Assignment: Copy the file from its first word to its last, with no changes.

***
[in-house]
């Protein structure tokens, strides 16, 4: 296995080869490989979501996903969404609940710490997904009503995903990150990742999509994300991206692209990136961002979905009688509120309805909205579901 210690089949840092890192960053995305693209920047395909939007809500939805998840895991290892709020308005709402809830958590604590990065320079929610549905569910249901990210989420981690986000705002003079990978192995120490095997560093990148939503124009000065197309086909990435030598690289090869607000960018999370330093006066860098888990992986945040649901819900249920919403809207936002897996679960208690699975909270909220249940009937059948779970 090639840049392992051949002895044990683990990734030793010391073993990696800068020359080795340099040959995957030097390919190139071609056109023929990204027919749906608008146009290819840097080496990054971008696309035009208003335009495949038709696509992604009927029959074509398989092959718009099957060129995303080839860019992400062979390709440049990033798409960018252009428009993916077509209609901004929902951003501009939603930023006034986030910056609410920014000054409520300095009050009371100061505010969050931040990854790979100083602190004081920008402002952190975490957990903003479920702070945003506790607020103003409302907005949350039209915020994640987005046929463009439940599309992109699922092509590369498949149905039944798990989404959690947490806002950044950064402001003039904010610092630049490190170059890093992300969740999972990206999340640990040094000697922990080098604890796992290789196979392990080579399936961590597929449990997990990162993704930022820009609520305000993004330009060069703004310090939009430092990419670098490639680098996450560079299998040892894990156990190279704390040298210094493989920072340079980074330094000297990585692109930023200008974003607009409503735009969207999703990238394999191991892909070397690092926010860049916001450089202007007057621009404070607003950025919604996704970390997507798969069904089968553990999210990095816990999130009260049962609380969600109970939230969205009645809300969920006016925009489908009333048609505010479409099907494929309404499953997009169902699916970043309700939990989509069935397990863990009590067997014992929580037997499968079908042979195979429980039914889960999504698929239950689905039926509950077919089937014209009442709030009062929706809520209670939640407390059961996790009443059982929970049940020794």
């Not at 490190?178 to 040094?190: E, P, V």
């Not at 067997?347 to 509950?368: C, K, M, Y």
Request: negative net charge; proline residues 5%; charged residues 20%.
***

[in-house]
């Protein structure tokens, strides 16, 4: 296995080869490989979501996903969404609940710490997904009503995903990150990742999509994300991206692209990136961002979905009688509120309805909205579901 210690089949840092890192960053995305693209920047395909939007809500939805998840895991290892709020308005709402809830958590604590990065320079929610549905569910249901990210989420981690986000705002003079990978192995120490095997560093990148939503124009000065197309086909990435030598690289090869607000960018999370330093006066860098888990992986945040649901819900249920919403809207936002897996679960208690699975909270909220249940009937059948779970 090639840049392992051949002895044990683990990734030793010391073993990696800068020359080795340099040959995957030097390919190139071609056109023929990204027919749906608008146009290819840097080496990054971008696309035009208003335009495949038709696509992604009927029959074509398989092959718009099957060129995303080839860019992400062979390709440049990033798409960018252009428009993916077509209609901004929902951003501009939603930023006034986030910056609410920014000054409520300095009050009371100061505010969050931040990854790979100083602190004081920008402002952190975490957990903003479920702070945003506790607020103003409302907005949350039209915020994640987005046929463009439940599309992109699922092509590369498949149905039944798990989404959690947490806002950044950064402001003039904010610092630049490190170059890093992300969740999972990206999340640990040094000697922990080098604890796992290789196979392990080579399936961590597929449990997990990162993704930022820009609520305000993004330009060069703004310090939009430092990419670098490639680098996450560079299998040892894990156990190279704390040298210094493989920072340079980074330094000297990585692109930023200008974003607009409503735009969207999703990238394999191991892909070397690092926010860049916001450089202007007057621009404070607003950025919604996704970390997507798969069904089968553990999210990095816990999130009260049962609380969600109970939230969205009645809300969920006016925009489908009333048609505010479409099907494929309404499953997009169902699916970043309700939990989509069935397990863990009590067997014992929580037997499968079908042979195979429980039914889960999504698929239950689905039926509950077919089937014209009442709030009062929706809520209670939640407390059961996790009443059982929970049940020794």
């Not at 490190?178 to 040094?190: E, P, V």
């Not at 067997?347 to 509950?368: C, K, M, Y």
Request: negative net charge; proline residues 5%; charged residues 20%.